Herpes simplex virus-2 (HSV-2) and Herpes simplex virus-1 (HSV-1):

It can cause Genital herpes which is a common sexually transmitted infection. Herpes simplex virus-1 (HSV-1) is responsible for cold sores. It can also sometimes cause genital herpes. There is no cure for genital herpes. Painful sores often recur during outbreaks. Antiviral medications are often use to decrease both the number and length of outbreaks.

Human immunodeficiency virus (HIV):

It is a virus that affects certain types of T cells of the immune system making people much more vulnerable to infections and diseases. Progression of the infection decreases the ability of your body to fight disease and infection, leading to acquired immune deficiency syndrome (AIDS). HIV is transmitted by coming into contact with blood or bodily fluids of an infected person. The virus does not spread in air or water, or through casual contact. Currently there is no cure for HIV.
The risk of getting a sexually transmitted viral infection can be reduced by avoiding sex or having sex with only one partner who does not have a sexually transmitted infection. Using a condom decreases the risk of acquiring a sexually transmitted infection. But it doesn't completely eliminate the risk. Minimizing the number of sexual partners and avoiding intravenous drug use are other ways to reduce the risk of acquiring sexually transmitted viral infections.

Other Viral Infections:

Viruses are present everywhere in the environment and cause many other infections ranging from mild to severe.
Examples include:

Epstein-Barr virus (EBV):

This is a type of herpes virus that can cause fever, fatigue, swollen lymph nodes, and an enlarged spleen. EBV is a very common virus that causes mononucleosis. This  is also known as kissing disease that is spread primarily through saliva.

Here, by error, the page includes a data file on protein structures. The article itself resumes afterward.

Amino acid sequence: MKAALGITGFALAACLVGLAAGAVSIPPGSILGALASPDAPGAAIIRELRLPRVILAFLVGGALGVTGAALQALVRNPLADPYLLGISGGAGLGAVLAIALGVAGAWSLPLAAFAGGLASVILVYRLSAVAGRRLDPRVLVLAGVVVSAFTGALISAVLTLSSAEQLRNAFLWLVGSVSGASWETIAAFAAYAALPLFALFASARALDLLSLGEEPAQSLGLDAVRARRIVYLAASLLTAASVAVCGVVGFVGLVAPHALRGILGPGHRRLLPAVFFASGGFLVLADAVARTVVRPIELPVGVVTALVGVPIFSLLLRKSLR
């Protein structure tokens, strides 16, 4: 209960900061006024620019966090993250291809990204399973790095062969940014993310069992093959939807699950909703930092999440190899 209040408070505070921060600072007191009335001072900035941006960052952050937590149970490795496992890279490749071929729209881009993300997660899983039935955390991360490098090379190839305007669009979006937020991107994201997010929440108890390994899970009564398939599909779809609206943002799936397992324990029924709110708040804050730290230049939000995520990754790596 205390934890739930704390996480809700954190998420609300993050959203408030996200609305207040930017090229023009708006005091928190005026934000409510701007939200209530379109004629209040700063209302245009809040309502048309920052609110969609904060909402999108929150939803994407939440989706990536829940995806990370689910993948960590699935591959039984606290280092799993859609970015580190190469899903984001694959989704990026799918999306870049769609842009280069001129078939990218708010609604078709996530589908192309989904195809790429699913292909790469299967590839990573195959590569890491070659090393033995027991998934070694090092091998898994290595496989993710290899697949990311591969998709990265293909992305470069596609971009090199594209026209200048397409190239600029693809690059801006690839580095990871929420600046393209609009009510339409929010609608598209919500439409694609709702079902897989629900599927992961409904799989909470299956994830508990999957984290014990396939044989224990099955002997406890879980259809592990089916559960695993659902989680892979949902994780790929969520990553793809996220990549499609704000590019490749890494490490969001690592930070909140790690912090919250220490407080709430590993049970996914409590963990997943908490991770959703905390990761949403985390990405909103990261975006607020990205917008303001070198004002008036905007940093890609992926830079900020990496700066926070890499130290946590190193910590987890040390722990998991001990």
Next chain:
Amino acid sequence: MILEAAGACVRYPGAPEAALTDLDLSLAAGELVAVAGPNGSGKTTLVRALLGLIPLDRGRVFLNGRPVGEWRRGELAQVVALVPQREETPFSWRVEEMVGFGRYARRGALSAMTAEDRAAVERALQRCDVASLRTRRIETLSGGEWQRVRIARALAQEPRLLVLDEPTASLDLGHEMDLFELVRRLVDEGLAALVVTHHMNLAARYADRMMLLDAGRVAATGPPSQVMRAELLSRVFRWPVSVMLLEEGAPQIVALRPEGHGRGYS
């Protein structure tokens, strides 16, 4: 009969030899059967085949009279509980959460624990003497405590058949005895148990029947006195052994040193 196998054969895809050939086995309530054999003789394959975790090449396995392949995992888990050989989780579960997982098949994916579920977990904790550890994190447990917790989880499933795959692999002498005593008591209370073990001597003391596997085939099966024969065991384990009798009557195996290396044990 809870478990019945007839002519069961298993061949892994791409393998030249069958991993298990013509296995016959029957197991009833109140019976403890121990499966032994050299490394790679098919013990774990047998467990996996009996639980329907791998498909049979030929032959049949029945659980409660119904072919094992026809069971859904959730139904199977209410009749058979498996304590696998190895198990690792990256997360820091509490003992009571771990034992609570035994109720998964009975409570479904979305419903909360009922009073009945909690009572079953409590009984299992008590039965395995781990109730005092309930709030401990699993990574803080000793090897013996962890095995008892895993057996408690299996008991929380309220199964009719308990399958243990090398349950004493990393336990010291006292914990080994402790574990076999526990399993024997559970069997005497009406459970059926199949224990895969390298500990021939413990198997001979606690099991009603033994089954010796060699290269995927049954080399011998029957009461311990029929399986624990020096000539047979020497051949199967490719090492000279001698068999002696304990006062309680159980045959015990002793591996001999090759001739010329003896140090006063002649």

West Nile virus (WNV):

This is a virus that is most commonly transmitted by infected mosquito. Most of people with WNV don't experience any symptoms while others can develop a fever, headache, and other symptoms. In very rare case people with WNV can develop inflammation of the brain (encephalitis) or inflammation of the tissue surrounding the brain and spinal cord (meningitis).

Enteroviruses:

Many viruses can cause viral meningitis. Enteroviruses is the most common virus causing viral meningitis which is an inflammation of the lining of the brain and spinal cord. Headache, fever and stiff neck, are the most common symptoms of this condition.

Antiviral Medication and Other Treatment:

Most of the viral infections resolve on their own without treatment. However, if treatment of viral infections is required, it will be focused on symptom relief, not fighting the virus. For example, cold medicine helps alleviate the pain and congestion associated with the cold, but it doesn't act directly on the cold virus.